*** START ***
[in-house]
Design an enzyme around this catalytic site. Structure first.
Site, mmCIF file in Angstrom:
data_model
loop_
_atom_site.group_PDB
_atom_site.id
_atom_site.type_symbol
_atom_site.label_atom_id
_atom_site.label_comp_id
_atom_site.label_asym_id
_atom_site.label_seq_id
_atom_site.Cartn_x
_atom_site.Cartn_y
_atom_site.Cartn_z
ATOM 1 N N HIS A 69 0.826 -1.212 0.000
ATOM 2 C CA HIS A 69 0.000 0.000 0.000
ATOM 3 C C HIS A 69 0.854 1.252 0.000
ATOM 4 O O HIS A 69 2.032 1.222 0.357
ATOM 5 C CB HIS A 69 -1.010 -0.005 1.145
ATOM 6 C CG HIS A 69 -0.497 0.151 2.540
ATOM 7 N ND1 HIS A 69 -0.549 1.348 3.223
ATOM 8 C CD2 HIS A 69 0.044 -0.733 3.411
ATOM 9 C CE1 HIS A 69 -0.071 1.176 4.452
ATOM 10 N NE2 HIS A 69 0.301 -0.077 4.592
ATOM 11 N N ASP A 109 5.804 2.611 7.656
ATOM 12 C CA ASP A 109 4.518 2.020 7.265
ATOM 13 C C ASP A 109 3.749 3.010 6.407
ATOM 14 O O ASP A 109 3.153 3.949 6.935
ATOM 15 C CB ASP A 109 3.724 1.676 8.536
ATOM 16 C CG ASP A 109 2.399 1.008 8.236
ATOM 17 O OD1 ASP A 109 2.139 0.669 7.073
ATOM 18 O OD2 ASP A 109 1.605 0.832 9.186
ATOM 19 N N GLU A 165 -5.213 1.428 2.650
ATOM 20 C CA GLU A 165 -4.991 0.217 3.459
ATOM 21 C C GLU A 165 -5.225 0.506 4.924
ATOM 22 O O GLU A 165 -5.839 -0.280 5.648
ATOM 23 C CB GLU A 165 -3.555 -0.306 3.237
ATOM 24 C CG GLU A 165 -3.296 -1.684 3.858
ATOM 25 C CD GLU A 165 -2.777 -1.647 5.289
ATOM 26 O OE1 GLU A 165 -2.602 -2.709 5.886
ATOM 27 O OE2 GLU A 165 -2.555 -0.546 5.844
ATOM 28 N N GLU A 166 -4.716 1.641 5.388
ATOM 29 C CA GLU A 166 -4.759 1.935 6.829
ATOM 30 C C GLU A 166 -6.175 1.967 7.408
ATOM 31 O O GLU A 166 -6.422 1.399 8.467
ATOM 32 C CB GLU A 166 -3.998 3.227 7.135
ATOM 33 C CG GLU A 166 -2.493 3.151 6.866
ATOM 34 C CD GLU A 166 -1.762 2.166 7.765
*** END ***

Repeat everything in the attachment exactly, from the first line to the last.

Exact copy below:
[in-house]
Design an enzyme around this catalytic site. Structure first.
Site, mmCIF file in Angstrom:
data_model
loop_
_atom_site.group_PDB
_atom_site.id
_atom_site.type_symbol
_atom_site.label_atom_id
_atom_site.label_comp_id
_atom_site.label_asym_id
_atom_site.label_seq_id
_atom_site.Cartn_x
_atom_site.Cartn_y
_atom_site.Cartn_z
ATOM 1 N N HIS A 69 0.826 -1.212 0.000
ATOM 2 C CA HIS A 69 0.000 0.000 0.000
ATOM 3 C C HIS A 69 0.854 1.252 0.000
ATOM 4 O O HIS A 69 2.032 1.222 0.357
ATOM 5 C CB HIS A 69 -1.010 -0.005 1.145
ATOM 6 C CG HIS A 69 -0.497 0.151 2.540
ATOM 7 N ND1 HIS A 69 -0.549 1.348 3.223
ATOM 8 C CD2 HIS A 69 0.044 -0.733 3.411
ATOM 9 C CE1 HIS A 69 -0.071 1.176 4.452
ATOM 10 N NE2 HIS A 69 0.301 -0.077 4.592
ATOM 11 N N ASP A 109 5.804 2.611 7.656
ATOM 12 C CA ASP A 109 4.518 2.020 7.265
ATOM 13 C C ASP A 109 3.749 3.010 6.407
ATOM 14 O O ASP A 109 3.153 3.949 6.935
ATOM 15 C CB ASP A 109 3.724 1.676 8.536
ATOM 16 C CG ASP A 109 2.399 1.008 8.236
ATOM 17 O OD1 ASP A 109 2.139 0.669 7.073
ATOM 18 O OD2 ASP A 109 1.605 0.832 9.186
ATOM 19 N N GLU A 165 -5.213 1.428 2.650
ATOM 20 C CA GLU A 165 -4.991 0.217 3.459
ATOM 21 C C GLU A 165 -5.225 0.506 4.924
ATOM 22 O O GLU A 165 -5.839 -0.280 5.648
ATOM 23 C CB GLU A 165 -3.555 -0.306 3.237
ATOM 24 C CG GLU A 165 -3.296 -1.684 3.858
ATOM 25 C CD GLU A 165 -2.777 -1.647 5.289
ATOM 26 O OE1 GLU A 165 -2.602 -2.709 5.886
ATOM 27 O OE2 GLU A 165 -2.555 -0.546 5.844
ATOM 28 N N GLU A 166 -4.716 1.641 5.388
ATOM 29 C CA GLU A 166 -4.759 1.935 6.829
ATOM 30 C C GLU A 166 -6.175 1.967 7.408
ATOM 31 O O GLU A 166 -6.422 1.399 8.467
ATOM 32 C CB GLU A 166 -3.998 3.227 7.135
ATOM 33 C CG GLU A 166 -2.493 3.151 6.866
ATOM 34 C CD GLU A 166 -1.762 2.166 7.765